Is the Earth heavier than it used to be?

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  • Is the Earth heavier than it used to be?
  • Premier Icon Kryton57
    Subscriber

    So I’m thinking, everything we create is sourced from the earths environment. At a molecular level, are we not replacing molecules with molecules, and despite the fact we’ve covered the place with heavy objects (buildings, cars and ikea furniture) that are made from “man made” materials, it’s the same weight?

    My secondary question related to the same subject, it’s that if there is excess weight being placed on the planet, surely this has some impact on the Earths gravitational rotation and therefore via momentum, it’s position on space. So, could it possible be that we could accidentally – by manufacture – cause the Earth to be slung out of orbit when it reaches some kind of critical mass to overcome the current principles?

    What can I say, my mind works in mysterious ways.

    matthew_h
    Member

    I reckon that it must be ever so slightly lighter. There is an awful lot of debris in space that we have put there that will not be balanced out by the amount of stuff we’ve brought back from space.

    Doubt the numbers would have much effect on anything important though

    Dunno, but I am pounds lighter than I was a little while ago.

    Premier Icon maccruiskeen
    Subscriber

    click on google maps – look up your address and zoom out – we’ve barely made a mark on the planet in terms of built structures. Nothing we build adds to the weight of the planet as all the materials have been found on the planet – we’ve just moved them around.

    A not inconsiderable amount of new material falls to earth all the time though – not just the more exciting big flaming meteors – but tons and tons of dust

    Junkyard
    Member

    weighs less
    we burn coal and oil and transform it into heat which does not weigh the same.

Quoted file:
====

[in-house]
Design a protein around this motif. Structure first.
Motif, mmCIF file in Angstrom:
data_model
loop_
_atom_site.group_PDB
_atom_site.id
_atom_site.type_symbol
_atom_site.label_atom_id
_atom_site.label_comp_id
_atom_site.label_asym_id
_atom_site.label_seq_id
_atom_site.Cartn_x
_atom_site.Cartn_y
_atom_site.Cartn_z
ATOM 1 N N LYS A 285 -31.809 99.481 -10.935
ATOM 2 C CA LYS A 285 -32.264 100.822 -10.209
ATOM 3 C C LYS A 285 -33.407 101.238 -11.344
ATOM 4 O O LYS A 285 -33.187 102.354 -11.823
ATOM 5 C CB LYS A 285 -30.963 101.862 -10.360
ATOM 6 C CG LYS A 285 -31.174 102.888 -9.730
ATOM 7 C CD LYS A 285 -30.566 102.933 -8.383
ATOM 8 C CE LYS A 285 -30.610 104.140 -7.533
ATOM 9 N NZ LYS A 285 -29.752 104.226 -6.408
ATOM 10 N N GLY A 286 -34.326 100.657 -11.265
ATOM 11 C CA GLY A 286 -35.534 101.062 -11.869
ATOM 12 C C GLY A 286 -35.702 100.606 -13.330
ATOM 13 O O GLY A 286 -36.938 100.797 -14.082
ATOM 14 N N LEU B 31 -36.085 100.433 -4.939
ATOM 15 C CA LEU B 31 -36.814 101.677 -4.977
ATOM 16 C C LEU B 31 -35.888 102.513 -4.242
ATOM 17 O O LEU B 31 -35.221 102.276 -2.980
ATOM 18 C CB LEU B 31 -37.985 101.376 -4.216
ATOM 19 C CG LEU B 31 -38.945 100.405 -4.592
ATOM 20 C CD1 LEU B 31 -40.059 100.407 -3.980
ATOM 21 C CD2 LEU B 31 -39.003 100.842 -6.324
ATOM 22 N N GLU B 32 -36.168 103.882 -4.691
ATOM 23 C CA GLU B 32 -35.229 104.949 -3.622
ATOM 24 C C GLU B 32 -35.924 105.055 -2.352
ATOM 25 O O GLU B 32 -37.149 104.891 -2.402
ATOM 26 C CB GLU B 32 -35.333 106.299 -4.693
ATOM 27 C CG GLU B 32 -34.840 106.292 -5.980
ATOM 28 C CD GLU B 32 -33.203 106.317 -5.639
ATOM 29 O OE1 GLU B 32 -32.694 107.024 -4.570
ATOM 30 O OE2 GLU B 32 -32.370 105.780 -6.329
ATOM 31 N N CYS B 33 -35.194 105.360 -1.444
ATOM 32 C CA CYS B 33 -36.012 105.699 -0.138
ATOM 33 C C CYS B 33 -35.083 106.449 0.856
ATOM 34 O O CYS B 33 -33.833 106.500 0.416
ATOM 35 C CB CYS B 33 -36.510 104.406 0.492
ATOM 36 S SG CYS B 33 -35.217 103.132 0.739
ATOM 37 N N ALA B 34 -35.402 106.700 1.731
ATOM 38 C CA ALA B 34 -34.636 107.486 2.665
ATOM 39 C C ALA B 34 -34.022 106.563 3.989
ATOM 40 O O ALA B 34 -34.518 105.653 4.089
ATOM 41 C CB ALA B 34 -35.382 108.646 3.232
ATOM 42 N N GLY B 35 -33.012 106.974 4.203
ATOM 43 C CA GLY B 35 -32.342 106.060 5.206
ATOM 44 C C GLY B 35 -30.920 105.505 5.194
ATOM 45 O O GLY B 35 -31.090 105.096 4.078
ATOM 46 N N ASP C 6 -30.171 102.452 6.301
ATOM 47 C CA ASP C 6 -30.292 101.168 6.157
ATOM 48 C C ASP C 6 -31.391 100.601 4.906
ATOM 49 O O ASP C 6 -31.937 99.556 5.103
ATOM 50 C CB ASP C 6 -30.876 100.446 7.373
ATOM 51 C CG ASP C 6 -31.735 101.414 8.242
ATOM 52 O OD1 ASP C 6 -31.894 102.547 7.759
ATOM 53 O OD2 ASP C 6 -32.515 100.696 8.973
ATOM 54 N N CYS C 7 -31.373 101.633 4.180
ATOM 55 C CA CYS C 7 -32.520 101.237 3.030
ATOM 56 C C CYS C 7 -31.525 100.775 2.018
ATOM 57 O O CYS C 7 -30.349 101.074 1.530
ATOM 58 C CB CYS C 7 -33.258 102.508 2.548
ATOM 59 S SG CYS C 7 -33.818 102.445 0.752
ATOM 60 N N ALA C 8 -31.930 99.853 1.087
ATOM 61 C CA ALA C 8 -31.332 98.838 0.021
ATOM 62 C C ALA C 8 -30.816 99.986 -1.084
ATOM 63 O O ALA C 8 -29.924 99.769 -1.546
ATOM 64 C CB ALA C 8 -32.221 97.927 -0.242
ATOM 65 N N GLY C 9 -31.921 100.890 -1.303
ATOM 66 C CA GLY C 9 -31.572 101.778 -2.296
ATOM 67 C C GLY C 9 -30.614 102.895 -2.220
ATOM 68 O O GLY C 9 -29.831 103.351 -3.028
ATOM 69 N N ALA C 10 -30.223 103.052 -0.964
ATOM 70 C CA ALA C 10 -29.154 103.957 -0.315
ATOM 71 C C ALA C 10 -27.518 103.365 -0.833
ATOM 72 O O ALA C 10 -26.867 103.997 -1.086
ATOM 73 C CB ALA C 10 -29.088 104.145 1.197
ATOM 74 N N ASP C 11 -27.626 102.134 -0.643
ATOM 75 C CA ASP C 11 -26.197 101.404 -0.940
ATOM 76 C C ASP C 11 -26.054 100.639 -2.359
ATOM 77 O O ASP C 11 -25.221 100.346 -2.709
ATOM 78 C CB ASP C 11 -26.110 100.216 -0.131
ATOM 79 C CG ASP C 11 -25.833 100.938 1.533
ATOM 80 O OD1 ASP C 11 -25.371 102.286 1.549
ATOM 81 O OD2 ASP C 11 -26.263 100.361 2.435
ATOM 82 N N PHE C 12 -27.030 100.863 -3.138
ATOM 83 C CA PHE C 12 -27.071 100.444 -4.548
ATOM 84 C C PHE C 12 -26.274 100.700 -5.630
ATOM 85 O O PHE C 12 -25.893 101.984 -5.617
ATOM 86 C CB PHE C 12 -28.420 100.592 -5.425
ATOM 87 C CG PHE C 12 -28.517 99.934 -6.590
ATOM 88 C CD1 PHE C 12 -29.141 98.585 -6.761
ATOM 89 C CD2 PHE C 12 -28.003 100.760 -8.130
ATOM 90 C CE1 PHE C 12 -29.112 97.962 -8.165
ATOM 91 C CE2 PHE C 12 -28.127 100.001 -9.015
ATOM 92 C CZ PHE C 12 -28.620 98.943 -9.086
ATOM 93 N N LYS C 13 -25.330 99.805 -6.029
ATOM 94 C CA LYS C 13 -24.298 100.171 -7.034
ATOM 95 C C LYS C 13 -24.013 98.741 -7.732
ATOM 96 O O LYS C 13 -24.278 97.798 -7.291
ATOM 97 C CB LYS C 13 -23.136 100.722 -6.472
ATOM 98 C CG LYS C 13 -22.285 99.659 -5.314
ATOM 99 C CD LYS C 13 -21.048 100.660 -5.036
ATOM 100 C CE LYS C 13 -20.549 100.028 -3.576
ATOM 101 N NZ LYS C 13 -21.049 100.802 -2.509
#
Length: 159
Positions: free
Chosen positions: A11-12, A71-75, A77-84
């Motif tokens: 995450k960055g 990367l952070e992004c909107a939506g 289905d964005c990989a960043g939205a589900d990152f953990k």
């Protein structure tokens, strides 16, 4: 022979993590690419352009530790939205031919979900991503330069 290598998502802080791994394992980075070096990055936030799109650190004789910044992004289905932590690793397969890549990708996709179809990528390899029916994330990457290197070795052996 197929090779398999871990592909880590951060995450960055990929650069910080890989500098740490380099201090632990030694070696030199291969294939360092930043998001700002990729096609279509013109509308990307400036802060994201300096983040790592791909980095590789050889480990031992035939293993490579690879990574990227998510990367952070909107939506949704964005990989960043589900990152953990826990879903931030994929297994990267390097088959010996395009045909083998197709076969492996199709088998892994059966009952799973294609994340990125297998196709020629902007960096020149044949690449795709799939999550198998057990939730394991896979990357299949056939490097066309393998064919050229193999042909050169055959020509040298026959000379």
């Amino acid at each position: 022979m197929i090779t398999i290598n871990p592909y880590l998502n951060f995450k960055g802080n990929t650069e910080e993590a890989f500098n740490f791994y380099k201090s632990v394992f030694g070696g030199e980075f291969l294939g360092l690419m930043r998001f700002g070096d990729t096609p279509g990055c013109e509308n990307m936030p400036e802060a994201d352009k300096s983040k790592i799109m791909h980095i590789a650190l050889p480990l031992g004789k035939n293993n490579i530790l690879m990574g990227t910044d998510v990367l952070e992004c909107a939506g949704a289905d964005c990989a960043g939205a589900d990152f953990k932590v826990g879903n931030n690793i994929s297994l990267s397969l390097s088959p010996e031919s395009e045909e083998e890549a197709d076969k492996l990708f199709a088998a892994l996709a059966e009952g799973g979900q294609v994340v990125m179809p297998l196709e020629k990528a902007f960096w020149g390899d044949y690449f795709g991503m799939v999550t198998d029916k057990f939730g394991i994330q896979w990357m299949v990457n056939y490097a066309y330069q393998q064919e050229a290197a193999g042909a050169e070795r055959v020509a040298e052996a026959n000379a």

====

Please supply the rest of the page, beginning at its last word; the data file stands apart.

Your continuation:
Then again we have loads of cattle so perhaps even?

    Fly off the orbit – the sun is what holds us we can neither fly off nor break free however much me weigh.

    wobbliscott
    Member

    We are losing some atmosphere into space – a very very tiny % of the overall mass of the Earth. Also we’re collecting the odd meteorite and have been for 4.5 billion years so overall I would think we are gaining weight.

    tiggs121
    Member

    There are more people though? Fewer dinosaurs.

    wysiwyg
    Member

    You cant destroy matter, so its getting heavier due to meteorites etc. Weve only been putting stuff in space for 50 years.. ish?

    Premier Icon maccruiskeen
    Subscriber

    we burn coal and oil and transform it into heat which does not weigh the same.

    it turns into CO2, water and ash which combined weigh exactly the same

    Premier Icon coolhandluke
    Subscriber

    The earth must be heavier, all old remains seem to be below ground. Therefore the earths diameter must be increasing so then getting heavier,

    cheez0
    Member

    Yes and no?

    Isn’t there a physics law to do with the conservation of mass?

    The only way earth can get heavier is for shit to come from the outside.

    so we gain a few lumps of space rock each year, making us heavier but we send shit into space making us lighter.

    kevj
    Member

    In the bigger scheme of things, it means f.a. The mass of the sun, the relative mass of our iron core has a very marginal effect on our orbit.

    The balance of (very engineered to be light weight) man made satellites and additional mass due to impacts has a net gain /loss of ???
    I dint know the figure, but it will be point 000 of a percentage.

    gwaelod
    Member

    http://science.slashdot.org/story/12/02/02/1844205/

    Hugh Pickens writes writes
    “BBC recently asked physicist and Cambridge University professor Dave Ansell to draw up a balance sheet of the mass that’s coming in to the earth, and the mass going out to find out if the earth is gaining or losing mass. By far the biggest contributor to the world’s mass is the 40,000 tonnes of dust that is falling from space to Earth every year. ‘The Earth is acting like a giant vacuum cleaner powered by gravity in space, pulling in particles of dust,’ says Dr. Chris Smith. Another factor increasing the earth’s mass is global warming which adds about 160 tonnes a year because as the temperature of the Earth goes up, energy is added to the system, so the mass must go up. On the minus side, at the very center of the Earth, within the inner core, there exists a sphere of uranium five mile in diameter which acts as a natural nuclear reactor so these nuclear reactions cause a loss of mass of about 16 tonnes per year.”